The Federal Communications Commission (FCC) provides the following information regarding
Voice over Internet Protocol (VoIP). For the latest information, go
to the fcc.gov website.
Emergency CommunicationsFCC Consumer Facts
During emergencies, the importance of our country’s communications systems
becomes clear. These communications systems include the wireline and wireless telephone networks, broadcast and
cable television, radio, satellite systems, and increasingly the Internet. For example, in an emergency, we may
dial 911, call our family members to make sure they are safe, and turn on our televisions and radios to get breaking
news and important updates. Although our communications systems are among the world’s most extensive and dependable,
unusual conditions can put a strain on them.
Since September 11, 2001, and Hurricane Katrina, the Federal
Communications Commission (FCC) has taken important steps to ensure that 911 services remain operational when
disasters strike. For example, in response to recommendations of an independent panel reviewing the impact of
Hurricane Katrina, the FCC’s Public Safety and Homeland Security Bureau (PSHSB) is working on several fronts to
improve communications during emergencies, including streamlining collection of outage information during times
of crisis through the Disaster Information Reporting System, helping ensure that communications workers receive
“essential personnel” credentials during emergencies, working with other federal agencies to improve interoperability
among first responders, and promoting use of enhanced 911 best practices. For more information regarding these
and other initiatives, visit PSHSB’s Web site at www.fcc.gov/pshs
The following information will help you better understand what happens to our communications systems during
an emergency and how best to use our communications systems during a crisis or disaster.Emergency
There are three main components to emergency communications:
1. 911 telephone call processing and delivery through Public Safety Answering Points (PSAP) and call dispatch;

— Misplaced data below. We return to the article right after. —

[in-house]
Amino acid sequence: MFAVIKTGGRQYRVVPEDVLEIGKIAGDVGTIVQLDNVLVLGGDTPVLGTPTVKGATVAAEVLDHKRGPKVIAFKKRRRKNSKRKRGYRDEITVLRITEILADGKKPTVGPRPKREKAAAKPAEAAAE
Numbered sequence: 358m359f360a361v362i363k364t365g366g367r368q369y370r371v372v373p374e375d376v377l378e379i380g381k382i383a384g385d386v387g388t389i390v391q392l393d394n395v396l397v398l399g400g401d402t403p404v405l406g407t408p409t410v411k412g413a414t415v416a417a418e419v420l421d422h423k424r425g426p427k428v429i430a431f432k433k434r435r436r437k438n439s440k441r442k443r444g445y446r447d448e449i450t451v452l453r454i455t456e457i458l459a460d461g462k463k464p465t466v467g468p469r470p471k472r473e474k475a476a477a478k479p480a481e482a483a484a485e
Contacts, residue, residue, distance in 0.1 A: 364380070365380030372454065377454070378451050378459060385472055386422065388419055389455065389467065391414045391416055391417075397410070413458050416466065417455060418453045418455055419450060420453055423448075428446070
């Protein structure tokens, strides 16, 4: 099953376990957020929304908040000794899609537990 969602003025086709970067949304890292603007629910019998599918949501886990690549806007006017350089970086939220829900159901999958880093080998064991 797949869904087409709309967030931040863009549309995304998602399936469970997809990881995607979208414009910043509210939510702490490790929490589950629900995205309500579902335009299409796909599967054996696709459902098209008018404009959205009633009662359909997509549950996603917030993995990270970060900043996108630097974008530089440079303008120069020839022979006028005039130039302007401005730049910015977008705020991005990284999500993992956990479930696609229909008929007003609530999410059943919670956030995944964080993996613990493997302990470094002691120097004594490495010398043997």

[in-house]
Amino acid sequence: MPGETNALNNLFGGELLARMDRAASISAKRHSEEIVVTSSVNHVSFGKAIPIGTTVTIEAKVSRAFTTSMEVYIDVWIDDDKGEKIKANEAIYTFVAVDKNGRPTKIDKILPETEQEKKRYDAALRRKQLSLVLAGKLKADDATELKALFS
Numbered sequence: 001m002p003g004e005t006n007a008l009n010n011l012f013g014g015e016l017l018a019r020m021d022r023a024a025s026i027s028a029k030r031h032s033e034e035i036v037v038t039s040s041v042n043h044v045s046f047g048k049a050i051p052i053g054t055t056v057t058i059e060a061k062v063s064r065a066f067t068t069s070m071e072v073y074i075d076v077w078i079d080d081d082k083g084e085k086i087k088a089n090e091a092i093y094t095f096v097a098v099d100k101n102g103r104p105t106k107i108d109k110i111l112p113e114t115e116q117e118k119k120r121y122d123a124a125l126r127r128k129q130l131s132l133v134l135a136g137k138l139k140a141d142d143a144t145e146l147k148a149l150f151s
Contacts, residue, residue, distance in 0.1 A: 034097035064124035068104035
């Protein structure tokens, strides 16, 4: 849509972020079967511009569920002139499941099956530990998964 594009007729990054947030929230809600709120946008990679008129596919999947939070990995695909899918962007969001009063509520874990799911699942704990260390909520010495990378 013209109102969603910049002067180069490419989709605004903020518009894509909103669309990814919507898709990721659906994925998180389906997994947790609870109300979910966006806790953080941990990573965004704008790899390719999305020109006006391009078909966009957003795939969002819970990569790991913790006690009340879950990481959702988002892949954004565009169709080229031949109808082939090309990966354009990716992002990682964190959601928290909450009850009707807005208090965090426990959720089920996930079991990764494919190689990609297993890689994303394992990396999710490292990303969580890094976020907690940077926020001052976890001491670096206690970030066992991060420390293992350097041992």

2. The Emergency Alert System; and
3. Radio and/or broadcast or cable television station news and updates.
All of these components must operate effectively in order to achieve a successful response to an emergency.
Emergency personnel and others often learn about emergencies through
911 calls. The 911 network is a vital part of our nation's emergency response and disaster preparedness system.
This network is constantly being upgraded to provide emergency help more quickly and effectively. Dialing 911
quickly connects you to a PSAP dispatcher trained to route your call to local emergency medical, fire, and law
enforcement agencies. At the PSAP, the dispatcher verifies the caller’s location, determines the nature of the
emergency, and decides which emergency response teams should be notified.
Most traditional wireline 911
systems automatically report to the PSAP the telephone number and location of calls, a capability called “Enhanced
911” or “E911.” With this information, PSAP staff are able to call back if the 911 call is disconnected, and also
know where to send emergency services personnel. E911 service from wireline phones is available in most parts
of the country. Wireless 911 Calls
The mobility of wireless telephone service
makes determining a wireless 911 caller’s location more complicated than determining a traditional wireline 911
caller’s location, where numbers are associated with a fixed address. In order to enhance the ability of emergency
personnel to respond efficiently and effectively to callers placing wireless 911 calls, the FCC has taken a number
of steps to ensure that wireless service providers make location information automatically available to PSAPs.
Basic 911 rules require wireless service providers to:
- transmit all 911 calls to a PSAP, regardless of whether the caller subscribes to the provider’s service
Phase I Enhanced 911 (E911) rules require wireless service providers to:
- within six months of a valid request by a PSAP, provide the PSAP with the telephone number of the originator
of a wireless 911 call and the location of the cell site or base station transmitting the call.
Phase II E911 rules require wireless service providers to:
- within six months of a valid request by a PSAP, provide more precise location information to PSAPs; specifically,
the latitude and longitude of the caller. This information must be accurate to within 50 to 300 meters depending
on the type of technology used.
For more information about wireless 911 service, see the FCC consumer fact sheet at
VoIP and 911
Some VoIP services allow you to make and receive calls to and from regular
phone numbers, usually using an Internet connection. This type of VoIP service is called an “interconnected VoIP”
service, whether the service is one that can only be used at a fixed location, such as a residence, or one that
can be used wherever the user travels as long as a broadband Internet connection is available.
the FCC has required interconnected VoIP providers automatically to provide 911 service to all customers as a
standard, mandatory feature without customers having specifically to request this service. VoIP providers may
not allow their customers to “opt-out” of 911 service.
Before an interconnected VoIP service provider